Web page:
Monday, November 8, 2010


I have just read two very different books: Randy Olson's 'Don't be such a scientist' and 'Healing our History: the challenge of the Treaty of Waitangi ' by Robert and Joanna Consedine.

Olson's book is an easy read - short, breezy, anecdotal but making the very important point that if we want to engage non-scientists with science we need to have good stories while retaining factual accuracy. Anyone who is involved in science communication should read this book but for me it also sparked some thoughts about how we communicate about women in science. For example, much of our communication is directed to scientists, people to whom accuracy matters, the sort of people who feel the need to point out to an actor speaking enthusiastically about spotting whales that there are no gray whales in the Atlantic or who are worried by the fact that in James Cameron’s original version of Titanic the ship sinks under southern hemisphere stars. Are we careful to make accurate statements? Do we play to the strengths of academics or do we regard them as problems? A male participant in the University of Michigan’s STRIDE programme commented on its style saying it followed ‘pure academic principles of engagement … It was clear that they wanted you to study, work, read, form opinions, validate or invalidate current approaches … to become educated.’ (Reference 1) Are our efforts concerned with engaging scientists as scientists or are we uncomfortable with argument and dissent?

'Healing our History' was a difficult book for me as a Pakeha to read. Some background: in 1840 the British government signed a treaty with the Maori people of New Zealand. The representatives of the British government and successive New Zealand governments then spent the next 140 years ignoring the provisions of the treaty and exploiting the Crown’s position as the sole purchaser of Maori land, while promoting the view that if Maori were disadvantaged then it was their own fault and the solution was for them to become Europeans. Requests for restitution for the failure to abide by the treaty are still spun as ‘demands for handouts’.

I would hesitate to draw parallels between the situation of Maori in New Zealand and women in science. I think the histories and consequences are quite different. Nevertheless, I believe there are lessons from the Consedines’ book that can be applied to thinking about women in science.

Firstly, I now understand the attraction of ‘wilful ignorance’. If you take no steps to understand the facts then you can comfortably deny that there is a problem. Those who refuse to collect data on the grounds that they already know that their workplace is fair may fall into this camp. Knowing that there is a problem demands a response, even if that response is to decide to do nothing.

Secondly, Robert Consedine runs workshops on Treaty issues. The initial workshops are run in parallel: one for Maori with a Maori facilitator and one for Pakeha with a Pakeha facilitator. Prior to attending a workshop, many people are uncomfortable with this arrangement, which they feel smacks of separatism. However, experience has shown that it is useful for Pakeha to be able to express their fears and misconceptions in a safe environment and it is useful for Maori to be able to explore their identity as Maori without being regarded as representative of all Maori. Before attending a parallel workshop only 16% of participants believed they were needed. After attending a workshop 90% thought they were needed. The need for women to have a safe environment in which to express their concerns has long been recognized. What about men? Do they have a safe space in which to express their concerns and fears?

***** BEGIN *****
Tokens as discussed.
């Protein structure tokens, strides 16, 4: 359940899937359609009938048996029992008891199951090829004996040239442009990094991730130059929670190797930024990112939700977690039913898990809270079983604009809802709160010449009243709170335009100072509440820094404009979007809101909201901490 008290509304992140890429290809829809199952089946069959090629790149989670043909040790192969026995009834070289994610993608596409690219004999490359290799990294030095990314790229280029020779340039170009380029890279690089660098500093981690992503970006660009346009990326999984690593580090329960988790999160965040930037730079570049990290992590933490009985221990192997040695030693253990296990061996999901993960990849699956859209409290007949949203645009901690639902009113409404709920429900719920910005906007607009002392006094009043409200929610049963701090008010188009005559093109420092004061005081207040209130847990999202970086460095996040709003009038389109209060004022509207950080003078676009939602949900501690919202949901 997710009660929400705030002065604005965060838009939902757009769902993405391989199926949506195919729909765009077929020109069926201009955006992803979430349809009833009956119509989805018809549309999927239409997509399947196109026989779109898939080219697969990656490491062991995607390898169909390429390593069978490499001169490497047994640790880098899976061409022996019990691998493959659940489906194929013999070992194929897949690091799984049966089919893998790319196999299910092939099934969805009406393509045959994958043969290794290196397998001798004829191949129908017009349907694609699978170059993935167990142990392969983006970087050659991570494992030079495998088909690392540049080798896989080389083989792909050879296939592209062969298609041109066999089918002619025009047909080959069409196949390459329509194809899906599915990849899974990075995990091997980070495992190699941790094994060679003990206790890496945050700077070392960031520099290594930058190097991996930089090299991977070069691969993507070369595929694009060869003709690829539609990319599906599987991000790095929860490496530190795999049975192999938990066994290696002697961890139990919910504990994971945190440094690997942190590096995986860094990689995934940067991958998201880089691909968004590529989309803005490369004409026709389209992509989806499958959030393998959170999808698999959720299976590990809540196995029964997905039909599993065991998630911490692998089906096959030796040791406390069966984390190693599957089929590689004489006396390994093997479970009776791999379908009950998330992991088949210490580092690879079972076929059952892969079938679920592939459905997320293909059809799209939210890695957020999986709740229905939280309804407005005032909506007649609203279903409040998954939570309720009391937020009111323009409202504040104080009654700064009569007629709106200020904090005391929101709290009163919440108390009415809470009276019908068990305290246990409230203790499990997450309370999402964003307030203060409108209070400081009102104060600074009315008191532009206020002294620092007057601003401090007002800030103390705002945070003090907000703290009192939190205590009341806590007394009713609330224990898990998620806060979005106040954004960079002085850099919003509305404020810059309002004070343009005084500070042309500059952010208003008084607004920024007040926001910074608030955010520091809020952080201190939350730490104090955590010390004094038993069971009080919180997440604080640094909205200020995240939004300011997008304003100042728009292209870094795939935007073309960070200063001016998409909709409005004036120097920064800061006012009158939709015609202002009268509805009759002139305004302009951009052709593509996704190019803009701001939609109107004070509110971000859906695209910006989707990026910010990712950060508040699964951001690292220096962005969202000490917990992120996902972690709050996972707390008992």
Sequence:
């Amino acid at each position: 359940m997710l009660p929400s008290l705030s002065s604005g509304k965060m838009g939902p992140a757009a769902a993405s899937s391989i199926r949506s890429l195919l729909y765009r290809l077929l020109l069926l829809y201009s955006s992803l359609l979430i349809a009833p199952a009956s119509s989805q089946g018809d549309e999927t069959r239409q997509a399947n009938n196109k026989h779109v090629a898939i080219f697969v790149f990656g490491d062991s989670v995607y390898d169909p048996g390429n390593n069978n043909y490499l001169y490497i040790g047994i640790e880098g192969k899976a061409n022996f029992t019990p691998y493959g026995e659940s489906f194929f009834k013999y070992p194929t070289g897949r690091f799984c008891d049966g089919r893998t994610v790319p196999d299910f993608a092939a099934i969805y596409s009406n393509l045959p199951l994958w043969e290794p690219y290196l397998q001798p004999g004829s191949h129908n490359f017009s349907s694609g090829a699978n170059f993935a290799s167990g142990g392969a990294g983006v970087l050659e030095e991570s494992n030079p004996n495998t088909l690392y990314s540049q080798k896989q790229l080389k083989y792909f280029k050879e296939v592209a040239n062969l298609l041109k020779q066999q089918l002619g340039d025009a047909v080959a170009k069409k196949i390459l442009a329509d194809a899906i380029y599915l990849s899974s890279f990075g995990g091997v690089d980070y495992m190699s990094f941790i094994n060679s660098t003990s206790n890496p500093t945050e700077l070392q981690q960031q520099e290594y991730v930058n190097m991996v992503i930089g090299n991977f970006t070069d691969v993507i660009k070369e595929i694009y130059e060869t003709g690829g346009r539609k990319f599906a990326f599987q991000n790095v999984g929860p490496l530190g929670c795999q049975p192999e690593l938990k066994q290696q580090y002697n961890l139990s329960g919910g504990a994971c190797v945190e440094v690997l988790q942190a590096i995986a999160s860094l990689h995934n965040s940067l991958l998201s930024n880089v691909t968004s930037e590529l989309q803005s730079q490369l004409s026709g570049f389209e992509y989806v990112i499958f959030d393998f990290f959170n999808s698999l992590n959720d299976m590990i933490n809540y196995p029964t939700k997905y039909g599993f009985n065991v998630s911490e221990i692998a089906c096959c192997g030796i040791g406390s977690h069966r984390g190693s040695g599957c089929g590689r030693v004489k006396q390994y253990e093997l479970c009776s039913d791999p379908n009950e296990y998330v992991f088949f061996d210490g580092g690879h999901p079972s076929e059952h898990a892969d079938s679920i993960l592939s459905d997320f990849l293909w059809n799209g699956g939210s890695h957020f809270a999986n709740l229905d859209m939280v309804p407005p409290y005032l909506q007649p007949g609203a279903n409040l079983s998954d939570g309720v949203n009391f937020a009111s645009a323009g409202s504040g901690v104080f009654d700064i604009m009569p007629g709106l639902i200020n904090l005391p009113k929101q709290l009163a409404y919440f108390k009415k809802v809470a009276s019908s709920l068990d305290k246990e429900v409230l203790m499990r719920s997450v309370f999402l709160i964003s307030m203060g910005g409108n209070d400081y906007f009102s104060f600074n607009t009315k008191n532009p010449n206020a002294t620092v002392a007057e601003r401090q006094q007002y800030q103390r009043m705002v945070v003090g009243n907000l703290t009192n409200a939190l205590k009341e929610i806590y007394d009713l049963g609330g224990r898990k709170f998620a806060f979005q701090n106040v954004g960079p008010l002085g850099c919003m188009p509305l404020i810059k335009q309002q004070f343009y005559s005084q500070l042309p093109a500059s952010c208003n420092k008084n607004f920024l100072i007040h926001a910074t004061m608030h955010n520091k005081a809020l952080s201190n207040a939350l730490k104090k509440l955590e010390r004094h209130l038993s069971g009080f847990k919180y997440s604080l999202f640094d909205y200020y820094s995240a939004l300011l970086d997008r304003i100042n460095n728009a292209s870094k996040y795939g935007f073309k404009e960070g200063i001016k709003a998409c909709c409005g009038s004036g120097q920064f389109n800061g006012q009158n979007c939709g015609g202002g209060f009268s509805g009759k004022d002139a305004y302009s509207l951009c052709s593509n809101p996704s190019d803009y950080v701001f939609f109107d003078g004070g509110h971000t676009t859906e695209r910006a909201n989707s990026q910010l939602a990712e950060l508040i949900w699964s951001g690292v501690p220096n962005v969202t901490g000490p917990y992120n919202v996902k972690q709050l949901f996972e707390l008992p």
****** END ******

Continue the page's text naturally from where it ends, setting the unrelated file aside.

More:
A common reaction to the workshops was puzzlement that a group of Pakeha were teaching the Treaty of Waitangi. The idea that Pakeha would take responsibility for learning and teaching Treaty commitments was mystifying. How many men are willing to take responsibility for promoting gender equality? How often is it seen as a women’s issue? What does ‘take responsibility’ mean? The Consedines quote Jorge Rosner: ‘Responsibility literally means “the ability to respond”. You only respond when you are fully aware of you behaviour and your choices, then, on the basis of your awareness, you can freely choose what to do.’ (Reference 2) Taking responsibility does not mean accepting guilt for what has happened in the past. It means looking at the current situation, asking what needs to be done, and doing it.

Robert Consedine also writes ‘I encourage people to live with the questions, as a ‘solution focus’ is often a barrier to change in this arena.’ This is a difficult concept for those of us in a ‘What’s the question? Here’s the answer. Move on’ culture, especially those of us trained in using reductionist techniques to solve problems.

So, two very different, but challenging and thought-provoking books.

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